The 5 R’s
In Part 1 of this impromptu Summer 2018 Wrap Party, I talked about my participation in #SFFPit, and the queries that resulted. Several of those queries swiftly became rejections, but the last turned into that most rare of things. No, not an offer of representation–there’s rare and then there’s just plain fictional–but a revise and resubmit request. Because ‘revise and resubmit request’ is already an absurd number of R-words1, I’ve decided to go one further. Without further ado, here’s what I’ve been doing for the past two weeks, also known2 as The 5 R’s.
Getting an R&R request is a pretty big deal: it means the agent liked the manuscript enough to want to help improve it. In this case, they suggested that I either reduce the quantity of expletives in my book3 to make it more appropriate for the Young Adult genre, or age my cast to 18+, so the book would fit into the New Adult genre, where such details are considered more acceptable.
I was thrilled that their request focused on my book’s genre and maximizing its sales potential instead of some gaping plot hole in my storyline that I had completely overlooked. I also liked that they offered two different suggestions for how to address their concern. Of those two suggestions, I agreed that the second–aging the cast to 18+–made the most sense.
I had originally set both my MC’s age and the age of adulthood in my book to sixteen to reflect the world’s high mortality rate. Because the government wanted to usher the next generation of Capes into the work force as quickly as possible, it eliminated junior high entirely and started college at 16. In reality, I barely touched on this detail in the book. My cast was sixteen, but circumstances and social pressures meant I was effectively writing them as pseudo-eighteen-year-olds. Aging them up to actually be eighteen cost me nothing when compared to the potential gains in marketing and sellability. I started on my revision almost immediately.
I completed the requested revision last week. While revising, I did look for behavior that seemed inappropriate for eighteen-year-olds, but there was surprisingly little to adjust4. The majority of my revision involved finding passages where I had referenced ages, either directly (“Damian, you’re eighteen, untrained, and…”) or indirectly (“Almost fourteen years later…”), and adjusting them accordingly.
I also reduced the expletive density in a few instances where I thought it was needlessly gratuitious. It’s still probably not a book my mom will enjoy, but it flows better than it did.
After revising the book, I then had to reread it. Again.5 Somehow, I still liked it on my 9 millionth readthrough, so it was time to send it to my beta readers6.
Writers say this all the time, but it really is impossible to overstate the importance of beta readers. In addition to fresh eyes, they bring their own perspectives and experiences to the book and help expose problem areas that the author would never have noticed. The feedback this time was focused primarily on my new changes, as everyone has read the book multiple times. They identified two places where I’d missed updating the ages, and a couple of typos that had resulted from the rewrite. They also found passages where the language could stand to be softened. The general agreement was that my revision was solid and that the book had improved as a result.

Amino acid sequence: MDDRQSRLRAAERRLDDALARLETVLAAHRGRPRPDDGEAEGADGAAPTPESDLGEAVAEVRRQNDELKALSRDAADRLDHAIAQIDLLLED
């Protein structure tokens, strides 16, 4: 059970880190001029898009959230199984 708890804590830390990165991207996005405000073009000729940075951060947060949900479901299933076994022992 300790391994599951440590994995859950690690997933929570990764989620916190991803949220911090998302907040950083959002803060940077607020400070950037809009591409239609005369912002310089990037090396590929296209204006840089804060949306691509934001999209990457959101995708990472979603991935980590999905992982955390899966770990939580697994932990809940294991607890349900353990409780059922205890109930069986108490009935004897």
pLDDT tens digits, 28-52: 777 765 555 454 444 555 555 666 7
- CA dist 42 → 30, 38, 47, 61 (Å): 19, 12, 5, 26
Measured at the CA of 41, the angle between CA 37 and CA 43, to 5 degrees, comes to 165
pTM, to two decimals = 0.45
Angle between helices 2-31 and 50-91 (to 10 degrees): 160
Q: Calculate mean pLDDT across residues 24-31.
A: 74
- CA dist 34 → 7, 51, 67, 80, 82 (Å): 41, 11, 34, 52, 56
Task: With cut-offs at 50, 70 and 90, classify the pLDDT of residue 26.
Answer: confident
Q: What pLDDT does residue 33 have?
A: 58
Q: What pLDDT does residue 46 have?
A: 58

With my beta readers blessing, I sent the revised manuscript back to the lit agents who had requested it. That was Tuesday of this week. As I’ve never had an R&R request before, I can’t guess how long the next step will take. This revision was about changing a specific detail, so reviewing those changes should be straight-forward, but who knows?
One of my previous full requests took multiple months to clear the first approval layer7. It took an additional six months for the actual agent to read it8. In this case, I know the agents are reading my manuscript, but there could be another step in the process that I’m not aware of. (It’s also possible that they like the manuscript less on a second read-through, in which case this R&R would become just a single R that I’m more than familiar with: rejection.
Whatever happens, I think the manuscript is better now than it was. That makes the experience a net positive!
With all that done, it’s time to rest and relax, right? Yeah… not so much! While I can’t predict how long a response will take, I have a ton10 of other writing projects to work on while I wait. Next week, I’ll share some of that to-do list. I’ll even arrange everything into a tidy schedule so we can laugh when that schedule is inevitably completely upended.
Until then, thanks again for tuning in!
- And because SEO keeps telling me I need original titles for my blog posts.
- For this blog post, and only this blog post!
- And presumably the other potentially objectionable elements, like adult situations and sexual content
- Some of this was because I was writing them as pseudo-eighteen-year-olds… some of it was probably because I am old and 16 and 18 both seem pretty young.
- I think the Chinese have a “Hell of Reading Your Own Writing”. And if they don’t, they should.
- Also known as my amazing, spectacular wife and friends
- A lot of agents have their own beta readers who read the manuscripts first and then pass on only the recommended ones to the agent for review.
- She didn’t like nearly as much as her beta reader had. Go figure.
- This step should probably be called ‘Wait’, but I really needed another R.
- Maybe even a metric ton.
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